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Mulino wins Panama presidency

Mulino replaced former president Ricardo Martinelli as the candidate for the right-wing Realizing Goals (RM) party after Martinelli lost an appeal against a money-laundering conviction….reports Asian Lite News

José Raul Mulino, the protégé of a graft-convicted former head of state, was declared Panama’s president-elect after elections on Sunday, May 5. Mulino, 64, won the single-round, first-past-the-post race with more than a third of votes cast, the Central American country’s electoral tribunal said.

The new president will have to contend with deep-rooted corruption, a severe drought that has hobbled the economically critical Panama Canal, and a stream of US-bound migrants passing through its jungles.

Mulino said he had received the electoral result with “responsibility and humility.” The vote, he told joyous supporters gathered at a hotel in the capital, represented “the majority will of the Panamanian people.” Runner up Ricardo Lombana conceded defeat moments before the official result was announced.

There were lines at many polling stations as voters in the Central American nation of 4.4 million people cast their ballots for a new president, parliament and local governments. Opinion polls had shown right-wing lawyer Mulino far ahead of the pack of eight candidates. But he was made to wait for a last-minute court decision Friday that finally validated his run for a five-year term.

Mulino replaced former president Ricardo Martinelli as the candidate for the right-wing Realizing Goals (RM) party after Martinelli lost an appeal against a money-laundering conviction. The candidacy of Mulino, who had been Martinelli’s vice-presidential running mate until the ex-leader’s disqualification, was then challenged on the basis that he had not won a primary vote or picked his own running mate, as required by law.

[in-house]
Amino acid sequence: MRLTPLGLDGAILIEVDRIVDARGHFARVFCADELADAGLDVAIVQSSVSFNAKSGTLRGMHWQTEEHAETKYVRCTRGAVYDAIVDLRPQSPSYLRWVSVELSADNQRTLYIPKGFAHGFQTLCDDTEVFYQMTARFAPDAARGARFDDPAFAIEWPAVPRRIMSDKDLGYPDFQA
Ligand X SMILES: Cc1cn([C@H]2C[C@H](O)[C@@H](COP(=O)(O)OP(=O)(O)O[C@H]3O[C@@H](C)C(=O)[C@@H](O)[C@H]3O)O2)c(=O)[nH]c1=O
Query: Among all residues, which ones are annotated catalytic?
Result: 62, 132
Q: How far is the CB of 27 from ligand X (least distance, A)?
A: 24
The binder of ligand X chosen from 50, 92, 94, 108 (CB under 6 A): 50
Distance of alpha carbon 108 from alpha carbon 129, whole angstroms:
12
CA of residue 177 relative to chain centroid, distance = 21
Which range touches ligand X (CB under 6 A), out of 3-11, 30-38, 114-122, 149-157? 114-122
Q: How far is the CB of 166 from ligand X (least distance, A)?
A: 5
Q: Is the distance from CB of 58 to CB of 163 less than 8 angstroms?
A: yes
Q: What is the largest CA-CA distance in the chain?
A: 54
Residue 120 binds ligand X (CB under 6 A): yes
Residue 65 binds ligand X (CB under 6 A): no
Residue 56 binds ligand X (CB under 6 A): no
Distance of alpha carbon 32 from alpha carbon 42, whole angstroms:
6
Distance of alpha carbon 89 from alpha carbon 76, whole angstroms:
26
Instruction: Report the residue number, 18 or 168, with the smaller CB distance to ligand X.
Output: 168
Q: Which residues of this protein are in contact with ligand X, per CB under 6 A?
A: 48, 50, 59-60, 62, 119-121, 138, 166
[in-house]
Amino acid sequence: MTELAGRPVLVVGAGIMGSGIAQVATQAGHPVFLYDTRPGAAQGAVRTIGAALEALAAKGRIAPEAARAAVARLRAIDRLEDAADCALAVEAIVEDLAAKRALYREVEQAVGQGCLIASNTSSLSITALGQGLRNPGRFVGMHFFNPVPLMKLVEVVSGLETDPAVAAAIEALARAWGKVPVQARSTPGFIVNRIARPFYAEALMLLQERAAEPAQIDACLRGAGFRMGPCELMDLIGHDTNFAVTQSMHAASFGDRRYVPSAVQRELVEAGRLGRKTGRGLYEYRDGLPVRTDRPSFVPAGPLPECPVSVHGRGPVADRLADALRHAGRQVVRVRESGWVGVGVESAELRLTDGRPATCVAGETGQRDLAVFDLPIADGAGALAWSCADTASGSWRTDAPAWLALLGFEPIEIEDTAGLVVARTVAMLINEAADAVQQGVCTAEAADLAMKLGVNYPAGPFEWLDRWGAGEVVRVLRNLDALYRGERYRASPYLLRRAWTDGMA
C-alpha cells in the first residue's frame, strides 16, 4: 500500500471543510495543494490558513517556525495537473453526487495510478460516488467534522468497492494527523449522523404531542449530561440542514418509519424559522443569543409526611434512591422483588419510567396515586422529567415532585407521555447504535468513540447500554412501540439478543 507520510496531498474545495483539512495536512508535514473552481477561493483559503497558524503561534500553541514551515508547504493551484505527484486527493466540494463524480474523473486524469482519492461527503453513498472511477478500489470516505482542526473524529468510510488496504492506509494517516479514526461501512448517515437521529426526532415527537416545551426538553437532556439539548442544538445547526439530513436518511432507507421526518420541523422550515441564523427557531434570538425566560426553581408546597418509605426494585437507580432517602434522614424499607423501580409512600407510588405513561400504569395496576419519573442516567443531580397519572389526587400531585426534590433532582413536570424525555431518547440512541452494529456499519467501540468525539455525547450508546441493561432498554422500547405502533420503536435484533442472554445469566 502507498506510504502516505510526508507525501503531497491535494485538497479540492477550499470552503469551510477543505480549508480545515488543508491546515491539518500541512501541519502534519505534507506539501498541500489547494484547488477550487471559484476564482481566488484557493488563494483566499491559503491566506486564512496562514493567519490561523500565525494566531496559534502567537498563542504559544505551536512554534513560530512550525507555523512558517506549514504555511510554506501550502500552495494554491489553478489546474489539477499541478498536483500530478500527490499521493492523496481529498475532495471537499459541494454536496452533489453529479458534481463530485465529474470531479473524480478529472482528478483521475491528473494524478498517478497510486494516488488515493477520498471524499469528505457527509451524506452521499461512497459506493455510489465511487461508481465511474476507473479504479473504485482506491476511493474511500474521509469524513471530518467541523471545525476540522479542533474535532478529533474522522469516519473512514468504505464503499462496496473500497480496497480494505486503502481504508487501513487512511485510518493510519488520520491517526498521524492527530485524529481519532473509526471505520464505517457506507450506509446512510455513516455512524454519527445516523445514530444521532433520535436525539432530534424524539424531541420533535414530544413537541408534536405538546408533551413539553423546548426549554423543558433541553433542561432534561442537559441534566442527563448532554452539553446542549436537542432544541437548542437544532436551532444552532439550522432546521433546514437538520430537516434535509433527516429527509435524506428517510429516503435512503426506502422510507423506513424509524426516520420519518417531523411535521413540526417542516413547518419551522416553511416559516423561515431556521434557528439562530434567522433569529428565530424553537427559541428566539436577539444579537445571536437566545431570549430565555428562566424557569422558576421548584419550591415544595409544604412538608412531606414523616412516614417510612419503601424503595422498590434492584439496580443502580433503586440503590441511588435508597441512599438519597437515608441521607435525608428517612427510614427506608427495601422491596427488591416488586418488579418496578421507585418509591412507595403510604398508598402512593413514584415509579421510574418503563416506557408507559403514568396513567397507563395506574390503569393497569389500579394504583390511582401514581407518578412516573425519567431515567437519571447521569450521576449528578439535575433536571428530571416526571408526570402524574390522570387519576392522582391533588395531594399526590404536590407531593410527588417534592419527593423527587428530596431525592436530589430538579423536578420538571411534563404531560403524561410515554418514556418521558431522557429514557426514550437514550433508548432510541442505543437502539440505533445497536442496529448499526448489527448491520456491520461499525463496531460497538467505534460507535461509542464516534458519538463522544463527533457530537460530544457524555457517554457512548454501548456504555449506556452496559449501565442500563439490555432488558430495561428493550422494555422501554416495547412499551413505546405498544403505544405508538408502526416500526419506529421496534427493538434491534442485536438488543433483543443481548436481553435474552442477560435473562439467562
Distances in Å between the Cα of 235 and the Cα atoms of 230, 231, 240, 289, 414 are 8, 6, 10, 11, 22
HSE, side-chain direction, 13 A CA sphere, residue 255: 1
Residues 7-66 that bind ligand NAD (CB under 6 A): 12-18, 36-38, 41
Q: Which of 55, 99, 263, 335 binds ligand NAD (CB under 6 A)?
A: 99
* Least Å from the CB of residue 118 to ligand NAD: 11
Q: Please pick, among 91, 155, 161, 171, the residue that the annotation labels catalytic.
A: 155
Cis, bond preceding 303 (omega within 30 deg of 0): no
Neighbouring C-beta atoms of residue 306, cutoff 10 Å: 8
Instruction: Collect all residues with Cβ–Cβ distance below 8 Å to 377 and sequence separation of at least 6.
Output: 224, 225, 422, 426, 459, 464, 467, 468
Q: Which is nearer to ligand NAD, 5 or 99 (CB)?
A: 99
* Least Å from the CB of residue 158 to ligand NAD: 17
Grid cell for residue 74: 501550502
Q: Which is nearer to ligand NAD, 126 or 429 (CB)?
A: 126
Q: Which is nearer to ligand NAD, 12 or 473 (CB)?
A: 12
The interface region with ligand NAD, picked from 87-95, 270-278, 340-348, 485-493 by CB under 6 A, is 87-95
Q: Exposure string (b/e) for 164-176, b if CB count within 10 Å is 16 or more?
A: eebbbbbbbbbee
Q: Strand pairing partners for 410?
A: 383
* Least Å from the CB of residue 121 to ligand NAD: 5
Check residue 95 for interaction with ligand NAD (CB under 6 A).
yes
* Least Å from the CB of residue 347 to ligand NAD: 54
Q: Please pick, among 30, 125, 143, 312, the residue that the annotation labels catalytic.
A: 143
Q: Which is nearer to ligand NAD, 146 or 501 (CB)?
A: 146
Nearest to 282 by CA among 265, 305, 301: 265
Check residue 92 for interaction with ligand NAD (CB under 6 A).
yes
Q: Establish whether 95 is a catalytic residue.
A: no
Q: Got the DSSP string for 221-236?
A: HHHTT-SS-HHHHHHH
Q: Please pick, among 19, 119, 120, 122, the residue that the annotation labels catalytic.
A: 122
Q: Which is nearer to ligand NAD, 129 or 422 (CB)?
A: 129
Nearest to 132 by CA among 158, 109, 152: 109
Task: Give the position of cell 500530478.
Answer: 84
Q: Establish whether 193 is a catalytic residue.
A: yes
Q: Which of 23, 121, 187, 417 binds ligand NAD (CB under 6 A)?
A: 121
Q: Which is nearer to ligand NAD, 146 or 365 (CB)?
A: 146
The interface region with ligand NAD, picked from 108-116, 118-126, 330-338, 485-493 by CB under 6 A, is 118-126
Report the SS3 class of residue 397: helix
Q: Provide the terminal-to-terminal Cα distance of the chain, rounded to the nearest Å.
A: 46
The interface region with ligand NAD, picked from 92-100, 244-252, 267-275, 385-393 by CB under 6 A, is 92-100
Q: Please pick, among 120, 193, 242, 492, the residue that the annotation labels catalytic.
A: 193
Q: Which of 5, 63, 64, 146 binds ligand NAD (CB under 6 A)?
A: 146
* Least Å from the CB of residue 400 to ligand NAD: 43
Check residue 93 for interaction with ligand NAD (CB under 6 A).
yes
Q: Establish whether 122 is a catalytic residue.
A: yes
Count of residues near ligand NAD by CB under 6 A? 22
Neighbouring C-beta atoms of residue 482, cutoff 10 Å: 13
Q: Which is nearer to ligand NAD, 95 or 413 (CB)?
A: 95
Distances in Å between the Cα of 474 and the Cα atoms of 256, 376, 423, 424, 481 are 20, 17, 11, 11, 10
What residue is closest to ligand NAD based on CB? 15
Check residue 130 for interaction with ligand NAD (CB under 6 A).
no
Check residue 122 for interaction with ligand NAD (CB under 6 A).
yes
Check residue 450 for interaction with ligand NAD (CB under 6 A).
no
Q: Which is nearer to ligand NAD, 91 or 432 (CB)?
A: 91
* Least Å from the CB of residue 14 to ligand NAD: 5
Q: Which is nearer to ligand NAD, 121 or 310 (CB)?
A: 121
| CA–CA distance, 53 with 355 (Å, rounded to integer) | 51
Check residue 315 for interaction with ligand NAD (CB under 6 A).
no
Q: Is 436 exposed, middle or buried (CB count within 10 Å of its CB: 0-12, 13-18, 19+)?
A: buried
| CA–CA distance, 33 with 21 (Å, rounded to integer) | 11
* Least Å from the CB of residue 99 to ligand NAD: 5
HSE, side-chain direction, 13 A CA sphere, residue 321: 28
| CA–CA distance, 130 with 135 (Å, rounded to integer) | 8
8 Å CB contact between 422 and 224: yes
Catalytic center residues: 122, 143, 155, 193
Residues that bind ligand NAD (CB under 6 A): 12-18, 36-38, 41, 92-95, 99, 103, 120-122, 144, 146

The Supreme Court dismissed that complaint Friday in a ruling welcomed by Martinelli, who most Panamanians believe will wield control from behind the scenes, according to a recent poll. However, after his victory, Mulino vowed he “is not the puppet of anyone.”

Martinelli, who remains popular in Panama, has taken asylum at the Nicaraguan embassy, from where he campaigned for his protege. After voting, Mulino went to see Martinelli at the embassy and the two hugged, saying “Brother!” and “We are going to win!” according to a video released by Martinelli.

Many people in Panama long for the days of economic prosperity under Martinelli’s government from 2009 to 2014, aided by an infrastructure boom that included the enlargement of the canal and construction of Central America’s first metro line.

Polls showed voters’ main concerns were the high cost of living, access to drinking water and crime. Three million Panamanians were eligible to vote, and more than three-quarters turned out, according to the election tribunal. Panama’s presidency has a one-term limit.

About 45% of jobs in Panama today are in the informal market, with unemployment nearing 10% and high income inequality. The country’s GDP growth is forecast to slow from 7.3% in 2023 to 2.5% this year, according to the International Monetary Fund.

Part of the reason is the Panama Canal, which moves about 6% of the world’s maritime trade, has limited traffic amid a crippling drought. Another headache awaiting Mulino is the Darien Gap between Colombia and Panama, through which more than half a million undocumented migrants passed last year – while subjected to abuses criticized by rights groups.

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